Multiple critics (and now I) note that the primary endpoint examined is case number per unit population. While vaccines are certainly intended to decrease the case number and transmission of the virus if possible, the primary intent is to prevent people from getting really, really sick, winding up in the ICU, and dying. No attempt is made to analyze the data using these endpoints. Then there is the consideration that various countries were in different phases of the pandemic during the time frame used to examine case counts and vaccination rates. Then, for the county-level analysis, one must remember that states are made up of counties, which mean that groups of counties (in the same state) will tend to cluster because they will have similar testing and other policies. Even so, across the US, different counties (mainly in different states) vary widely in their access to testing, public health interventions, and vaccination rates. That’s not even considering differences in population density that can result in higher transmission in more densely populated areas, or weather. The bottom line is that there is so much wrong with this paper that, to put it kindly, the conclusions are not supported by the data.

As I was wrapping this post up, I came across this:

You know, I shouldn’t have used up that facepalm, because this really does deserve a facepalm—or, better yet, two facepalms:

Here’s what I mean:

Anti-vaxxers say they’ve found a smoking gun: a new blue-chip paper that proves COVID vaccines are ineffective.

The vaccine “doesn’t stop you from getting [COVID] at all,” claimed Daniel Horowitz, a senior editor at the Blaze, in a tweet promoting a column he wrote trumpeting the research. The headline: “Harvard researcher finds absolutely no correlation between vax rates and COVID cases globally.” Supporters of Horowitz’s perspective tweeted the piece and posted it on Facebook, where it received more than 4,000 interactions, including 2,600 shares, according to data from CrowdTangle, the Facebook-owned analytics company.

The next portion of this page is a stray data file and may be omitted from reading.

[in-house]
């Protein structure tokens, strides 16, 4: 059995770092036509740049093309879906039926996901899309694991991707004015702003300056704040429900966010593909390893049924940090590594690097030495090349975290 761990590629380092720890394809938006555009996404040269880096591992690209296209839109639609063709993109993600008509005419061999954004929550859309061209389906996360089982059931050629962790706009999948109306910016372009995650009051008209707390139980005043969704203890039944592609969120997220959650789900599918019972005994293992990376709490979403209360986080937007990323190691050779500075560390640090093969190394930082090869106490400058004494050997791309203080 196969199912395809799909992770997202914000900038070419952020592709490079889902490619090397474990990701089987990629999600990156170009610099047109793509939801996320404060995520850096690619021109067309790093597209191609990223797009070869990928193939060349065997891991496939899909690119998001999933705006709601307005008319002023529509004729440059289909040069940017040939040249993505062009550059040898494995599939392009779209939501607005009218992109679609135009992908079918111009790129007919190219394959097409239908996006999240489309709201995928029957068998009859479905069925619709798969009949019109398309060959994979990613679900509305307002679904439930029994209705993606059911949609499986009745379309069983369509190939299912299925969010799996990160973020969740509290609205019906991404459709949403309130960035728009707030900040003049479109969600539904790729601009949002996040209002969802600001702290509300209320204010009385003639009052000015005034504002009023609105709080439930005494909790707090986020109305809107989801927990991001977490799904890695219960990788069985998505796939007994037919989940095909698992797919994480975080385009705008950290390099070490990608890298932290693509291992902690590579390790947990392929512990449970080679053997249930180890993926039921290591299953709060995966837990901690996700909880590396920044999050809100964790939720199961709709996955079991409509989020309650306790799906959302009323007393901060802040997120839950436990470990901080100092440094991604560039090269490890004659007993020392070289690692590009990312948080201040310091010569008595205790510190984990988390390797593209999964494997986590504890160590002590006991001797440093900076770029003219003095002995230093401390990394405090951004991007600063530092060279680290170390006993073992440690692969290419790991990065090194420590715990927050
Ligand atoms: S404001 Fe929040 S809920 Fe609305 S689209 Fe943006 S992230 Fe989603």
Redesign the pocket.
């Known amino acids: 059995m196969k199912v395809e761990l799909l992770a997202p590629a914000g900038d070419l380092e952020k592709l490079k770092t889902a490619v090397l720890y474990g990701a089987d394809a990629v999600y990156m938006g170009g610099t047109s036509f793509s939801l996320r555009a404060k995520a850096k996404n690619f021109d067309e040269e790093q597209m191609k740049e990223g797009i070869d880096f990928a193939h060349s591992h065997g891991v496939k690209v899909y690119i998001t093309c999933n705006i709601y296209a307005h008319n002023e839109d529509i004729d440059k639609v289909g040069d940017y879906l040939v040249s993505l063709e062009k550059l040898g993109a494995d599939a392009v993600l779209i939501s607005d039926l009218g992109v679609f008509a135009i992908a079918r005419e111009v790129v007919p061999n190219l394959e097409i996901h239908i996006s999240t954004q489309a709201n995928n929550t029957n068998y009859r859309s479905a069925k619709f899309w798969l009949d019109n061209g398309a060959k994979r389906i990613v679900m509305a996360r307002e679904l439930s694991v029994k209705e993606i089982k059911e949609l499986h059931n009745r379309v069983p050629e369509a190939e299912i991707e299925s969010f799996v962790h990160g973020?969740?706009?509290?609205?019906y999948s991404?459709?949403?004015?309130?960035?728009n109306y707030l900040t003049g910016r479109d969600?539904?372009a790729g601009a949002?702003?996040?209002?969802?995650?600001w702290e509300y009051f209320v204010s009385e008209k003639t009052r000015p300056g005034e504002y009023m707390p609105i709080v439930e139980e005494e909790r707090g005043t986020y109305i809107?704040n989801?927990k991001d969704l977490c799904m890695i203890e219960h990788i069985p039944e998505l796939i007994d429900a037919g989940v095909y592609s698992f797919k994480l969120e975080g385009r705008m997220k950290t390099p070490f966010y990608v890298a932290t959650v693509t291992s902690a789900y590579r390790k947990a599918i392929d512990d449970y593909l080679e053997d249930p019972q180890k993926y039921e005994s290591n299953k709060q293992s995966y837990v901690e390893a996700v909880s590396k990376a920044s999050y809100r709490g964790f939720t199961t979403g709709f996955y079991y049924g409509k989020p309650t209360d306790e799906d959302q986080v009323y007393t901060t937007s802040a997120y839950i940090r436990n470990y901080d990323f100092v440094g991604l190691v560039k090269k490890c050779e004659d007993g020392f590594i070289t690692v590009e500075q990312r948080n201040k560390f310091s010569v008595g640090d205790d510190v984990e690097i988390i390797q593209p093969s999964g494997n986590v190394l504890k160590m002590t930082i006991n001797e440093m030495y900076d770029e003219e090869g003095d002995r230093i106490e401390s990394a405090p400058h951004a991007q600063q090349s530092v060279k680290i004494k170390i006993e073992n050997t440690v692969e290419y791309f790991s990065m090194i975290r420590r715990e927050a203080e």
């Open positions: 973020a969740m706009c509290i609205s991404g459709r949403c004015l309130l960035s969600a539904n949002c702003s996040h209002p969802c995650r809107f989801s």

Alas, there’s just one problem for Horowitz and company: S.V. Subramanian, the Harvard professor of population health and geography behind the paper, says the vaccine doubters are completely wrong.

“That conclusion is misleading and inaccurate,” Subramanian told me of Horowitz’s Blaze column over email. “This paper supports vaccination as an important strategy for reducing infection and transmission, along with hand-washing, mask-wearing, and physical distancing.”

Really? It sure didn’t come across that way to me, and I read it before I had seen a lot of antivaccine talking points. Indeed, I’ve never seen or read Horowitz’s article, either. I did do a Twitter search after I had started writing this article, and—surprise! surprise!—virtually every Tweet linking to the study other than the ones I’ve already cited came from antivaxxers touting this study as slam-dunk evidence that COVID-19 vaccines don’t work because there was no correlation between case numbers and percentage of people vaccinated in the country or county analysis. Indeed, what I found was only the top of the iceberg:

Despite the misinterpretation, anti-vaxxers and vaccine doubters like Horowitz have held up and shared Subramanian’s paper as vindication on an array of platforms that have struggled to fight false anti-vaccine information. Horowitz’s own column has been tweeted out to at least half a million users. Posts bringing attention to the paper have done well on anti-vax and right-wing Reddit groups; a summary was posted to more than a dozen subreddit communities with over 34 million followers.